Carbohydrate gel ingestion during running in the heat on markers of gastrointestinal distress

Jenna Sessions, Kelsey Bourbeau, Mattina Rosinski, Taylor Szczygiel, Rachael Nelson, Naveen Sharma, Micah Zuhl

Research output: Contribution to journalArticlepeer-review

23 Scopus citations

Abstract

The purpose of this study is to measure the effects of carbohydrate ingestion during exercise in the heat by measuring markers of gastrointestinal damage and inflammation. Methods: Active subjects (n = 7) completed two 60-min running trials in a heated environment (70% VO2max, 30°C). At minute 20 of exercise, subjects consumed a carbohydrate gel (Cho) (27 g), or a non-carbohydrate placebo (nCho). Plasma endotoxin, I-FABP, TNF-α, IL-6, IL-1β, IL-10, and MCP-1 were measured pre-exercise, 20-min post-exercise, and again 2-h, and 4-h post-exercise. Results: Endotoxin increased 20-min post-exercise compared to pre in the Cho trial only (p =.03). I-FABP levels increased 20-min post-exercise in the Cho trial only compared to pre-exercise (p =.003). I-FABP levels were also increased in Cho trial 20-min post-exercise when compared to same time point in the nCho trial (p =.032). TNF-α increased 20-min post-exercise in the Cho trial only compared to pre (p =.03). Plasma IL-6 concentration increased 20-min post-exercise when compared to pre in both the Cho (p =.002) and nCho (p =.009), but remained elevated at the 2-h time point in the nCho trial (p =.03). I-FABP and several plasma cytokines (TNF-α, MCP-1, Il-6) returned to baseline sooner in the Cho trial. Conclusions: Ingestion of carbohydrate gel during exercise in the heat enhances markers of gastrointestinal wall damage.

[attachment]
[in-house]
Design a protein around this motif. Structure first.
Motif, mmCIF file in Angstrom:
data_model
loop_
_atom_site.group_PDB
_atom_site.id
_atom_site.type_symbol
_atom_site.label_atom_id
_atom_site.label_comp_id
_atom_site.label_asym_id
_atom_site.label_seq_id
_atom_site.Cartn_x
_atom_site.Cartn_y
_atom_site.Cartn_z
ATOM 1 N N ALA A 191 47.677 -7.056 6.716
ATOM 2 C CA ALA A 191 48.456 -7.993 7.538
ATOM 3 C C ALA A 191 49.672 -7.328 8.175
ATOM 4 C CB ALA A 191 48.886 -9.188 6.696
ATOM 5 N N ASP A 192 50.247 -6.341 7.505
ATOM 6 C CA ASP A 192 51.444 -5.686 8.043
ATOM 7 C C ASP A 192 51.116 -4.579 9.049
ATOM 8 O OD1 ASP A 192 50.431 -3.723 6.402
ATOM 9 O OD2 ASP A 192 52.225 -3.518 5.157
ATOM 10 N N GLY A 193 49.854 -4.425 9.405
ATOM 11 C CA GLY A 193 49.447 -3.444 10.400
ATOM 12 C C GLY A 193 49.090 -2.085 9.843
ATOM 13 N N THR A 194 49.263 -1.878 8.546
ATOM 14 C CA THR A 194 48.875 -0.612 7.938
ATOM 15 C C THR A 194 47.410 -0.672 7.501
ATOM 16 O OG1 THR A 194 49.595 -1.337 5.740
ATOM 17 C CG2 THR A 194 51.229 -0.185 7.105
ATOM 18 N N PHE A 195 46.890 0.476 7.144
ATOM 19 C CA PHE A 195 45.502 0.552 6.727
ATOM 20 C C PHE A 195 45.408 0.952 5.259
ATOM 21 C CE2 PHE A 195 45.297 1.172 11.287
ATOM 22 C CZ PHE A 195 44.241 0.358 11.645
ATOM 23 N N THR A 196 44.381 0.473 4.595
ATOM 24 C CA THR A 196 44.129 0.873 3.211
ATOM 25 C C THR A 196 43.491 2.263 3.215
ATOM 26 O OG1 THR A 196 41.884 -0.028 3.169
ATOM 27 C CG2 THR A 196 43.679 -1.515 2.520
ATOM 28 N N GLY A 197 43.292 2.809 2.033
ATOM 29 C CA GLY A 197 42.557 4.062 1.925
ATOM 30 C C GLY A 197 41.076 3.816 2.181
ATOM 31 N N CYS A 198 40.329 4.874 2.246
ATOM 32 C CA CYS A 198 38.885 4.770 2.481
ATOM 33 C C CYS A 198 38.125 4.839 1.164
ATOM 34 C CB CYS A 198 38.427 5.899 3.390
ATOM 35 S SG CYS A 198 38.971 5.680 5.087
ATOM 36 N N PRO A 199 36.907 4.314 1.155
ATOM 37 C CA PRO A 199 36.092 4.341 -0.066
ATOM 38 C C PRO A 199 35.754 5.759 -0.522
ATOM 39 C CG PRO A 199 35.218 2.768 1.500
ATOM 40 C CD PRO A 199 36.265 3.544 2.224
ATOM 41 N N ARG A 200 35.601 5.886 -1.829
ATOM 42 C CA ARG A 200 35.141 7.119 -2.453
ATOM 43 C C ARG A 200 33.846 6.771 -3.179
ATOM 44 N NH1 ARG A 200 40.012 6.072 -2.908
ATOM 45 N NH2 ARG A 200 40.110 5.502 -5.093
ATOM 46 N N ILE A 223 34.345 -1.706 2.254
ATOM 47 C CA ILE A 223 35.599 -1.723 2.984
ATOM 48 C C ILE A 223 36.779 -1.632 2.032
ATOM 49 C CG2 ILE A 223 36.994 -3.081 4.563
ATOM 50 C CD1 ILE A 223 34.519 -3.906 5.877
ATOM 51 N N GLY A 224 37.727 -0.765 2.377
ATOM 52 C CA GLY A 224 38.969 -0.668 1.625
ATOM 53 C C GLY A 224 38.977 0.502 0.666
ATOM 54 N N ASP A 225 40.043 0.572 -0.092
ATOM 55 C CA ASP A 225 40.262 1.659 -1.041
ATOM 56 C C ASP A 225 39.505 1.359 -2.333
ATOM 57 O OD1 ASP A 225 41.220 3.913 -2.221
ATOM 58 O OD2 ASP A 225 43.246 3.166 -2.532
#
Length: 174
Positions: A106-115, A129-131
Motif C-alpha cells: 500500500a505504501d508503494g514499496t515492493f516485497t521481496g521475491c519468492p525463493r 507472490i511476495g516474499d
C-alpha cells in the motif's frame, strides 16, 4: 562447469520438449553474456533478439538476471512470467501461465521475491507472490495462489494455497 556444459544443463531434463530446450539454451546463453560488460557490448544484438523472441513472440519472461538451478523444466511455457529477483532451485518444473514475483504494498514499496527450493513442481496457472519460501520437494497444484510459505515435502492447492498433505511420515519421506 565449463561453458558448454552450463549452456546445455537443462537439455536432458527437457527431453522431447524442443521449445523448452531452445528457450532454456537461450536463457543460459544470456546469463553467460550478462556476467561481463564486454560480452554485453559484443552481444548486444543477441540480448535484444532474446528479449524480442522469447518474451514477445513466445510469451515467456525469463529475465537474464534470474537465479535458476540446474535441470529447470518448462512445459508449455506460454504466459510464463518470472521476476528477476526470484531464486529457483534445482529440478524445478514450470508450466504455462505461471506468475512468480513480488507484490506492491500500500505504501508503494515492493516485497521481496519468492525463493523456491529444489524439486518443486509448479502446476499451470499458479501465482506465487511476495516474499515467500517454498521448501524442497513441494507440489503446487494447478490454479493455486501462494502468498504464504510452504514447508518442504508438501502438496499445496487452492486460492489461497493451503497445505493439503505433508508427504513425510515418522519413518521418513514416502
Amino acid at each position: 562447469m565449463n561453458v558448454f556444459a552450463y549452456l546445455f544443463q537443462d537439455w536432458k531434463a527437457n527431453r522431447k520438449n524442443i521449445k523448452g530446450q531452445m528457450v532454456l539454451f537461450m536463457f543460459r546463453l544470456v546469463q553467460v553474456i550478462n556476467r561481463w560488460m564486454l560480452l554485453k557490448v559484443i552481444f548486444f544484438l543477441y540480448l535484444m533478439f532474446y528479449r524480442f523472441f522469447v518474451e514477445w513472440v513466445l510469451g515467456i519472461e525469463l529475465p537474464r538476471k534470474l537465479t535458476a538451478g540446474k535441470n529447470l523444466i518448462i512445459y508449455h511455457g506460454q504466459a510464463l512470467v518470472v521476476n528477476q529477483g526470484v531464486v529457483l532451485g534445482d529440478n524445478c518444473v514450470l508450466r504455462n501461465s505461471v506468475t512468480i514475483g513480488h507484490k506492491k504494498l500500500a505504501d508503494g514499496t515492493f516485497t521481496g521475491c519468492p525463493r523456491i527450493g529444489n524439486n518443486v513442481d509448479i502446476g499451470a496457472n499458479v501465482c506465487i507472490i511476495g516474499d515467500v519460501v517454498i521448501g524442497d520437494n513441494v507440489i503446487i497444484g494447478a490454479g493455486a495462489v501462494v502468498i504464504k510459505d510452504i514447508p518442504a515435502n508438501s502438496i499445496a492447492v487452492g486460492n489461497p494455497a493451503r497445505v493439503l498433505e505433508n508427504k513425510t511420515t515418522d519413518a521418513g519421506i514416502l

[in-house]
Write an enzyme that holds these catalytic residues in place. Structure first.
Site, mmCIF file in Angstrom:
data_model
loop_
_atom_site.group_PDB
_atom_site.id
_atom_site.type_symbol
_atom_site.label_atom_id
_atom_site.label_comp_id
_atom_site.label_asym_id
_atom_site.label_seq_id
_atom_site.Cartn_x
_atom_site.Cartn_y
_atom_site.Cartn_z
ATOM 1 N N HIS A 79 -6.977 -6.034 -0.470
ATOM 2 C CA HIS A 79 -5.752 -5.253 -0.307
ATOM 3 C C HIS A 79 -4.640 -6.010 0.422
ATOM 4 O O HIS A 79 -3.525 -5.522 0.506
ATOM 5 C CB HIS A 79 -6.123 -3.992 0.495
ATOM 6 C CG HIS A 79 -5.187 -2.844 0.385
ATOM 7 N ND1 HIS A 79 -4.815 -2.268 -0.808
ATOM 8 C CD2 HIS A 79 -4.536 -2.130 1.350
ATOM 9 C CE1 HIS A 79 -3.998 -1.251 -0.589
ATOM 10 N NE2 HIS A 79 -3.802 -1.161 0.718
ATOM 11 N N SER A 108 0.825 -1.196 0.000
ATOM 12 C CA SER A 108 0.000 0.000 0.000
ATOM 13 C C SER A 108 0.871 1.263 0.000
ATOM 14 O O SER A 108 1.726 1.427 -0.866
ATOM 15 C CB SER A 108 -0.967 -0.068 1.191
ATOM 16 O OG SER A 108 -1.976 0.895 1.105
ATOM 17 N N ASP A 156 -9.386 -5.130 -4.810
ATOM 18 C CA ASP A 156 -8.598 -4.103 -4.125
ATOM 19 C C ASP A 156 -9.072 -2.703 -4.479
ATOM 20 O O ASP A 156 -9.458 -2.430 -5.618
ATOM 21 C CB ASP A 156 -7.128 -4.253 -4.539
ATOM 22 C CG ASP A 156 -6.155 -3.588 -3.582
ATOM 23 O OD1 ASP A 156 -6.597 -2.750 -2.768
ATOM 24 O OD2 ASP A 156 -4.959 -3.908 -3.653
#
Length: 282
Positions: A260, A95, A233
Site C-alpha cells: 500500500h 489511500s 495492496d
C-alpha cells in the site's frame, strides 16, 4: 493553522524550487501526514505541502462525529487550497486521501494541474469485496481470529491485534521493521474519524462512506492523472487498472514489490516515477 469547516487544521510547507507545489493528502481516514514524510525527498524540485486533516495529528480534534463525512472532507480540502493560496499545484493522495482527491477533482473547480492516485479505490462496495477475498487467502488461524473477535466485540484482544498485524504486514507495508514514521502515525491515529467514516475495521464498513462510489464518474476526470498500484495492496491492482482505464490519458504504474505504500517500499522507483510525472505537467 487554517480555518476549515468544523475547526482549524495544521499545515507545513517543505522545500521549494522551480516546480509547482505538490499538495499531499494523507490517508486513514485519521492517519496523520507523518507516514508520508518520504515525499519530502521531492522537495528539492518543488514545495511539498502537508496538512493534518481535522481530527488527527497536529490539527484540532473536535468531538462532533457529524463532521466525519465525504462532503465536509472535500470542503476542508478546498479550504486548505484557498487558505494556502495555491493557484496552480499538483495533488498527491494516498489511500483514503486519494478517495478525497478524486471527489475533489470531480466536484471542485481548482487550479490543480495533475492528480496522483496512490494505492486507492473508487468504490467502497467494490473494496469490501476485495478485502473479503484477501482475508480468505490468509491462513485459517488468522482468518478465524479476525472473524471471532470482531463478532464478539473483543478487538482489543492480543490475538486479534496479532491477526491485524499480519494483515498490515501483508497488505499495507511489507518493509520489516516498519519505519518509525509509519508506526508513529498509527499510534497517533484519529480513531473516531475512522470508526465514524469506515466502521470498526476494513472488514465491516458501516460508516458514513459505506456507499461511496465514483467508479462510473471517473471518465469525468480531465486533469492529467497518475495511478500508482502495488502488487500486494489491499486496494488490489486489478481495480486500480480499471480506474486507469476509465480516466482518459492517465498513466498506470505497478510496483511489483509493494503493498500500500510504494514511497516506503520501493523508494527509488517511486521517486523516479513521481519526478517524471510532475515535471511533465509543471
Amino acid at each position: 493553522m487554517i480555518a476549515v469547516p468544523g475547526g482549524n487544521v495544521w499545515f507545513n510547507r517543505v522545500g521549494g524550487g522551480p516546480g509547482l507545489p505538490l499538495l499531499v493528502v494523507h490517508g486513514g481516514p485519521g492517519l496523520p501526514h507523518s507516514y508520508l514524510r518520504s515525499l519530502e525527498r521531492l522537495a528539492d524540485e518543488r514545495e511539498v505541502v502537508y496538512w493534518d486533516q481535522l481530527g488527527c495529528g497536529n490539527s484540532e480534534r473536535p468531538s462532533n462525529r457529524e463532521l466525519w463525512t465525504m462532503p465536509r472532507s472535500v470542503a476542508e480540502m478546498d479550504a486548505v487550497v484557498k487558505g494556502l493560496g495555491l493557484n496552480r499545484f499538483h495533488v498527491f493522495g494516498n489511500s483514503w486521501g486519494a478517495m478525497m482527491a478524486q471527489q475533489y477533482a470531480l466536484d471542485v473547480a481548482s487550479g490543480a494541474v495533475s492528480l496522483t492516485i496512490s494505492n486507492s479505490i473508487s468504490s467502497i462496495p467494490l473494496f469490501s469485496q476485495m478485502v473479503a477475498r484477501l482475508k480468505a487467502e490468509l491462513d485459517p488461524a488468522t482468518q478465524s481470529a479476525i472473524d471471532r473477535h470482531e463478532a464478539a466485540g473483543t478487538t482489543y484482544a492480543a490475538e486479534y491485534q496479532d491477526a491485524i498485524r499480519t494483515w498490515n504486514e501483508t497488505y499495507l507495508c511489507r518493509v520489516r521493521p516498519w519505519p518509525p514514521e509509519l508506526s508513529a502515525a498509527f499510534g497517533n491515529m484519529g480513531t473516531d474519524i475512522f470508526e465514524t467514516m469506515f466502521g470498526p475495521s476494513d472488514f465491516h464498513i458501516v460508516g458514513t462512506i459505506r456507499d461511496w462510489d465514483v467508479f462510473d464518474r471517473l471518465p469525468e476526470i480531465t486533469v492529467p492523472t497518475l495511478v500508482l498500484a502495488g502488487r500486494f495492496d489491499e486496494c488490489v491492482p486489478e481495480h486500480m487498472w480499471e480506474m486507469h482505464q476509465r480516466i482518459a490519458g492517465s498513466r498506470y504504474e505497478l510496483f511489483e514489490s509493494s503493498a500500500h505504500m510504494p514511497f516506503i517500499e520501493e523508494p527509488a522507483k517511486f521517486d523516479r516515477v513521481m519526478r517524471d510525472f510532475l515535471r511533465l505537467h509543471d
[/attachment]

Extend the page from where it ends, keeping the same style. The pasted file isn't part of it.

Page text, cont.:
Original languageEnglish
Pages (from-to)1064-1072
Number of pages9
JournalEuropean Journal of Sport Science
Volume16
Issue number8
DOIs
StatePublished - Nov 16 2016

Keywords

  • Intestinal integrity
  • carbohydrate ingestion
  • inflammation
  • running

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